Theme Of Doubleness In The Great Gatsby

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II. At this point, hints have already been dropped to the reader about Gatsby and his “doubleness”, (Hays, 1), but even so Fitzgerald now begins to emphasize the extent of that “doubleness” by showcasing not only Gatsby’s strange habits, but his wealth and power as well.
Fitzgerald has already demonstrated to the reader how unrestrained Gatsby’s lifestyle is, and now he has begun to slowly affirm Nick’s doubts about Gatsby. Aside from that, Fitzgerald focuses even more so on hinting at the truth behind Gatsby’s notorious rumors.
The first time the reader actually sees Gatsby use his social status for something other than parties, is during a brief encounter with a highway policeman.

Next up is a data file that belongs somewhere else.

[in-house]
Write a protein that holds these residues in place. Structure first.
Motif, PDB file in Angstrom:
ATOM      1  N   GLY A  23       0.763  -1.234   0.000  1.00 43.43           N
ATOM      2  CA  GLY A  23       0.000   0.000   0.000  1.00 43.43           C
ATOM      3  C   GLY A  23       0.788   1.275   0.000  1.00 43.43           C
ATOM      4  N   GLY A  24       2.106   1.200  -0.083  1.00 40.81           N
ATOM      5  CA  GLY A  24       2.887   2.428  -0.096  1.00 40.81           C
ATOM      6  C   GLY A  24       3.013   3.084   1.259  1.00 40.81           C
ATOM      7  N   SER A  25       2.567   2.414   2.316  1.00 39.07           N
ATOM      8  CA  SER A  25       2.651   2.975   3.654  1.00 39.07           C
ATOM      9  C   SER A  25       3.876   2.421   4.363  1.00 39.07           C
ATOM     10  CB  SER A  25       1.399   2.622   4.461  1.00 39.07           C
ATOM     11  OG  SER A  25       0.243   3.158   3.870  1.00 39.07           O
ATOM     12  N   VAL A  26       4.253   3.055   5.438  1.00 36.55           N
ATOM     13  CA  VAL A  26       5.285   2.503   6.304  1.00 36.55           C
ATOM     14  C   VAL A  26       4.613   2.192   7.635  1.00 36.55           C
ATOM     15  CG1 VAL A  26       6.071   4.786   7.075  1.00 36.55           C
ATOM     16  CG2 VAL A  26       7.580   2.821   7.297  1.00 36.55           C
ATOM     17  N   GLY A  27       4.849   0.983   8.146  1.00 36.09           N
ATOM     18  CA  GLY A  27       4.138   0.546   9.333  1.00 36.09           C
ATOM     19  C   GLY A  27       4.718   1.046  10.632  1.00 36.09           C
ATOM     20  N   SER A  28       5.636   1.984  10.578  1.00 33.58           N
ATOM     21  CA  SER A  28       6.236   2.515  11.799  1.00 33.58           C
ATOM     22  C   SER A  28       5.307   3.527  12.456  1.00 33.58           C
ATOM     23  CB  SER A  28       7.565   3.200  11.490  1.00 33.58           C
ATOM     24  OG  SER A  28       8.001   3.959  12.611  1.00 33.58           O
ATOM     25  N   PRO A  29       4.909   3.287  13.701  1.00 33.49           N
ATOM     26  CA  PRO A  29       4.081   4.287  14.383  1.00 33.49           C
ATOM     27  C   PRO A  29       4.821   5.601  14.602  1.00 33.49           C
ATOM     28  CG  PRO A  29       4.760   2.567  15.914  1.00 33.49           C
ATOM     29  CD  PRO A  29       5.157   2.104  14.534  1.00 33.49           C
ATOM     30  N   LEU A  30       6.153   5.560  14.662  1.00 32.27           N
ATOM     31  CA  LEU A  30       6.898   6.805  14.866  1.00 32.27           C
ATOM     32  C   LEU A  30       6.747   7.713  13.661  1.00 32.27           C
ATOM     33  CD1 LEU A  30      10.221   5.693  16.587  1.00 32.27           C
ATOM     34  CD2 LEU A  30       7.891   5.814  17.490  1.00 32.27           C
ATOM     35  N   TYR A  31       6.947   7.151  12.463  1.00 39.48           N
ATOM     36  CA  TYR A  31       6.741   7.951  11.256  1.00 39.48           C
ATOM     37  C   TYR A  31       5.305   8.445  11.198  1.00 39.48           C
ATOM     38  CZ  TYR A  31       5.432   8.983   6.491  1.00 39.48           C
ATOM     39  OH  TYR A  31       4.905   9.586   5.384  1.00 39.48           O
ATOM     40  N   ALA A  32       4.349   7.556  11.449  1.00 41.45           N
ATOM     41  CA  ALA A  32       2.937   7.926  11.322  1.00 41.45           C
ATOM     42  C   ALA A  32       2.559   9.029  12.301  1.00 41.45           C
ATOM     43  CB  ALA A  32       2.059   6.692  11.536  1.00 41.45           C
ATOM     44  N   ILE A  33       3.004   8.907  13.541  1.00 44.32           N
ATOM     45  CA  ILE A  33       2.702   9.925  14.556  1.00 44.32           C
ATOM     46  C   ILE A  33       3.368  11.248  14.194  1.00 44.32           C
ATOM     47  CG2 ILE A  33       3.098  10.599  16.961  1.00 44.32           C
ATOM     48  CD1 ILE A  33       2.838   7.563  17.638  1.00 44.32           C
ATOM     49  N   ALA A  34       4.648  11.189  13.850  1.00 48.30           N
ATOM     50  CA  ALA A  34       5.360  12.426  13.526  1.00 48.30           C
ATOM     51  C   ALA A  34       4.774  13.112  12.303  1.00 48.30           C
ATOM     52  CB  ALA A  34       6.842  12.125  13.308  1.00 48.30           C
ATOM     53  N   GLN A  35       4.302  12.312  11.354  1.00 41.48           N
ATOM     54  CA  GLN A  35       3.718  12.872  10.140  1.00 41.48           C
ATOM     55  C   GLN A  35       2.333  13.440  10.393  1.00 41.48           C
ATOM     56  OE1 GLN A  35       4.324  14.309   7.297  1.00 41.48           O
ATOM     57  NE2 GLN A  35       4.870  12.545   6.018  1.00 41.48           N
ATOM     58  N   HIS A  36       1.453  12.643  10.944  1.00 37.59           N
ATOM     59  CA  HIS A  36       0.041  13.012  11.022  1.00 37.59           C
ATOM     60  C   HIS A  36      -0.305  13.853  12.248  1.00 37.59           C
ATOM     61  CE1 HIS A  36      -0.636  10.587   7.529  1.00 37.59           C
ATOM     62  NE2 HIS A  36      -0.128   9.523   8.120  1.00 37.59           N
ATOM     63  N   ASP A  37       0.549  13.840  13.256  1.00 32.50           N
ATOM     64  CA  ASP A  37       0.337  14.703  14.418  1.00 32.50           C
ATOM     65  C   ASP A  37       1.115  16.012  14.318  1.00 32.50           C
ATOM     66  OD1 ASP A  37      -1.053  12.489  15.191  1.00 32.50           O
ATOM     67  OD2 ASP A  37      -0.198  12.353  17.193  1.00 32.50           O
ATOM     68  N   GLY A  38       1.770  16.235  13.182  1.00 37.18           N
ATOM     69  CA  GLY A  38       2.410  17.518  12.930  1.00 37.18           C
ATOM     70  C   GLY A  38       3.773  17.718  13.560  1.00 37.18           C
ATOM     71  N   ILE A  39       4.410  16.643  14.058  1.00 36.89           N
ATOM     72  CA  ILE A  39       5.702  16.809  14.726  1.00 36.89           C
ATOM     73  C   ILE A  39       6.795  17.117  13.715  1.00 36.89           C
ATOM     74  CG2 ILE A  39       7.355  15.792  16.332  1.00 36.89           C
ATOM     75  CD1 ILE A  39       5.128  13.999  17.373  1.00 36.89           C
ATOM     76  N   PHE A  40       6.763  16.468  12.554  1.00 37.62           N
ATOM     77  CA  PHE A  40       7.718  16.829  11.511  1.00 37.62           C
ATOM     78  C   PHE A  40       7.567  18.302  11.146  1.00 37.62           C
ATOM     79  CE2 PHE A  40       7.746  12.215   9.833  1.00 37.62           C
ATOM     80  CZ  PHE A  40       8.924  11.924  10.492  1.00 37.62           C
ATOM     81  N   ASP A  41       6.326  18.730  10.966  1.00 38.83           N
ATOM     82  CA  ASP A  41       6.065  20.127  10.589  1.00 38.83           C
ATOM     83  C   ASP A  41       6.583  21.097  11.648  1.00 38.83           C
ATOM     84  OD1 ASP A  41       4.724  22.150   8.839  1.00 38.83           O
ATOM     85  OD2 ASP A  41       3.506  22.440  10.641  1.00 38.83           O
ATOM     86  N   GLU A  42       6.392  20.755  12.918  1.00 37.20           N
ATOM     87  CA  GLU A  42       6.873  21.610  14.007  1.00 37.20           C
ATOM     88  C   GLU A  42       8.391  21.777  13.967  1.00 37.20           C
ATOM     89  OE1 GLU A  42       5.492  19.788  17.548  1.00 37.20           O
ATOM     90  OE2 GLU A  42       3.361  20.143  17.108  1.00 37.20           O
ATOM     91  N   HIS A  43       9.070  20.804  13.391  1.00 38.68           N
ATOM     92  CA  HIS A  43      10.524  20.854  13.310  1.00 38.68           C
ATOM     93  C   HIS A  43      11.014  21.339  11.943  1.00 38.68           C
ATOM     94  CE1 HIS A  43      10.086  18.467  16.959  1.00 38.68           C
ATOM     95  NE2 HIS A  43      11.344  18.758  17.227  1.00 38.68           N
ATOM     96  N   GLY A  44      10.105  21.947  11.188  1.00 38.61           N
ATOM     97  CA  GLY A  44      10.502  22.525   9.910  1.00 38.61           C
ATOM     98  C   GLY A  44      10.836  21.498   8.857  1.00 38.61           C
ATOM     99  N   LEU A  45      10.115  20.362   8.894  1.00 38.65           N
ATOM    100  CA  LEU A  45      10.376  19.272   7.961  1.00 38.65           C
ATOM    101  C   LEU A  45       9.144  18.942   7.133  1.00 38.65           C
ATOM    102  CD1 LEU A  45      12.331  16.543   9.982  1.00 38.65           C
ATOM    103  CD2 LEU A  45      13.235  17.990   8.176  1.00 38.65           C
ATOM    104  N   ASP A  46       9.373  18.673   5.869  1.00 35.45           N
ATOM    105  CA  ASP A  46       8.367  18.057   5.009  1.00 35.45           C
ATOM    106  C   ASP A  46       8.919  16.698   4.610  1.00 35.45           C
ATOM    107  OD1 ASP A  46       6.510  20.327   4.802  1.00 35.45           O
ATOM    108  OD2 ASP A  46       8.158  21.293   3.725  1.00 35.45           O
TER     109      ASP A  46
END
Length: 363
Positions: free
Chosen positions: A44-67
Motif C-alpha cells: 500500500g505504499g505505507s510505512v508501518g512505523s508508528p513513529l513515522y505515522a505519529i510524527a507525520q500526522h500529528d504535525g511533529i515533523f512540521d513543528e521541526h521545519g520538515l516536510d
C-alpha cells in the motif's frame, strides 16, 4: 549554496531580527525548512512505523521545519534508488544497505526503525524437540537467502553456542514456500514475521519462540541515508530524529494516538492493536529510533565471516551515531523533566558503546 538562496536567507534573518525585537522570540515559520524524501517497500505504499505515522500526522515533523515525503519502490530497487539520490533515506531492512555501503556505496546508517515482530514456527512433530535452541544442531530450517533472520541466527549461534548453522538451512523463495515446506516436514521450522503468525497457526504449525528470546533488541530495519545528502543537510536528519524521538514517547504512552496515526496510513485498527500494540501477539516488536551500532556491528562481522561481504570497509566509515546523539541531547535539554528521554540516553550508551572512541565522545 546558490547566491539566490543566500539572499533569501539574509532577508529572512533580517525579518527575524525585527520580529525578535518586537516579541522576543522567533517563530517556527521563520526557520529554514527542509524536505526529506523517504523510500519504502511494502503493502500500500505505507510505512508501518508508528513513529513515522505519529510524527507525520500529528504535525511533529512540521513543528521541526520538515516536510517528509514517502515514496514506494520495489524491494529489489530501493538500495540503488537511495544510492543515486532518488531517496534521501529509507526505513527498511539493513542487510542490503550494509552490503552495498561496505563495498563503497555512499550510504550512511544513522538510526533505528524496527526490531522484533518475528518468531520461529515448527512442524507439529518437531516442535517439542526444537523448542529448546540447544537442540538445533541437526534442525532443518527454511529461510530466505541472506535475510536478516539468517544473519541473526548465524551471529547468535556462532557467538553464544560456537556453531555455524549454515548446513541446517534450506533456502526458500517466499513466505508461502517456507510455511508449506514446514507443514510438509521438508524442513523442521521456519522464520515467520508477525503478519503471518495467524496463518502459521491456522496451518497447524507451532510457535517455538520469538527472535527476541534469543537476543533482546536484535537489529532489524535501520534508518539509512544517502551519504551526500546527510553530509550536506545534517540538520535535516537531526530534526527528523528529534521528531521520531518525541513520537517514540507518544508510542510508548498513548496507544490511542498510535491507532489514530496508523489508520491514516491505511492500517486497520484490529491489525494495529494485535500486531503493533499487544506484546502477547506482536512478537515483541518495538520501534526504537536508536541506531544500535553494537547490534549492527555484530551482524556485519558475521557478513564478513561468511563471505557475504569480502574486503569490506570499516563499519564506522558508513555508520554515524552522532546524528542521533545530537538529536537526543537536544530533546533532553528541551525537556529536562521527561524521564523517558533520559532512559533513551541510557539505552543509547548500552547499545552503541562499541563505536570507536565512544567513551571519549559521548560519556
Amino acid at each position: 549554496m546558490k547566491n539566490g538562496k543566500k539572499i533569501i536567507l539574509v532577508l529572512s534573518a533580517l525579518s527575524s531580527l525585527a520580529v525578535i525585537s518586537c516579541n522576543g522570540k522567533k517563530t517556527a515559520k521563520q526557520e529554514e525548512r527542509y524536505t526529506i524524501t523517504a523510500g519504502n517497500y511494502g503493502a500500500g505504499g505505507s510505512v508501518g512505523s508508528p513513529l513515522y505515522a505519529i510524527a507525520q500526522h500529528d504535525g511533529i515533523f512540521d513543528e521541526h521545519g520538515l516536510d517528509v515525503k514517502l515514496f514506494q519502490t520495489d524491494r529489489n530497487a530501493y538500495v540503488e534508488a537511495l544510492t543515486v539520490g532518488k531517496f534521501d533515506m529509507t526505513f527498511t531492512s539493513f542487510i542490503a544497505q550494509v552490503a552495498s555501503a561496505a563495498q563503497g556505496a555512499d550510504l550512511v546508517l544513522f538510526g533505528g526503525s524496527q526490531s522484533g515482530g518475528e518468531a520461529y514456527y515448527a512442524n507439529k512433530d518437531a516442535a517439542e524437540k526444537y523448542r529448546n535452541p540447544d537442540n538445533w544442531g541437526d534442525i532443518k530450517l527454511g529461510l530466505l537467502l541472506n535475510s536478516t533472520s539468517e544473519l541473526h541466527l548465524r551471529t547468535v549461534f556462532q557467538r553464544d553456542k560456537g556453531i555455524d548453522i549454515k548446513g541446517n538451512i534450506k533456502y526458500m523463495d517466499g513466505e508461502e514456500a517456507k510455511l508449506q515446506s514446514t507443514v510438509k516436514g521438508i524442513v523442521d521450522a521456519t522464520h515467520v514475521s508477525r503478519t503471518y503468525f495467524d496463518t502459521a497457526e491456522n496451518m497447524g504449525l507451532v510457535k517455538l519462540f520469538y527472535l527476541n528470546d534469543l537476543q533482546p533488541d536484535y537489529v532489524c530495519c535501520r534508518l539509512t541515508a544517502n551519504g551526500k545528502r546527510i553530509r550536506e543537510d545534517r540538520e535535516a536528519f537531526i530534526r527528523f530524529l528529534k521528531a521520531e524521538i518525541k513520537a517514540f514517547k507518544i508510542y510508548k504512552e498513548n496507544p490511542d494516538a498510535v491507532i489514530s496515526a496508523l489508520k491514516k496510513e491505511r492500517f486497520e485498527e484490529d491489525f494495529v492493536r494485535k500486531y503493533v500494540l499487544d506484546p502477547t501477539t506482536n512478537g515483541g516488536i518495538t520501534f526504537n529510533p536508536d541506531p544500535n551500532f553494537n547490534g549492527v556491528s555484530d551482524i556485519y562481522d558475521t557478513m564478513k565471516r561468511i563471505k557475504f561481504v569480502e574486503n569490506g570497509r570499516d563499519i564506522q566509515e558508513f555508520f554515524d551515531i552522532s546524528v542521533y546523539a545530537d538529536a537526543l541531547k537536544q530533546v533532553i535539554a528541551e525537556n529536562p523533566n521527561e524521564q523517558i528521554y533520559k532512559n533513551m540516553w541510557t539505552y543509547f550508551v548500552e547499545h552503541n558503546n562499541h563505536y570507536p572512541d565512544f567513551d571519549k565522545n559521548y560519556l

As Gatsby speeds down a highway and is stopped by a policeman, Nick witnesses him wave “a white card from his wallet” right in front of the man’s face. This gaudy display of exemption implies that Gatsby is not at all opposed to using his social status to his benefit, morally just or not. It hints back to the rumors floating around his parties that Gatsby is not a man to be trifled with, so much that Fitzgerald even goes so far as to call Gatsby “second cousin to the devil” (61). Thus, his ‘doubleness’ as a mysterious party host and a rumored “cold-blooded killer” is brought to relevance (Hays, 1). 2. At lunch, Nick is introduced to Meyer Wolfsheim, who very nearly exposes Gatsby’s dealings in shady business. This encounter is used to show where some of the rumors about Gatsby might

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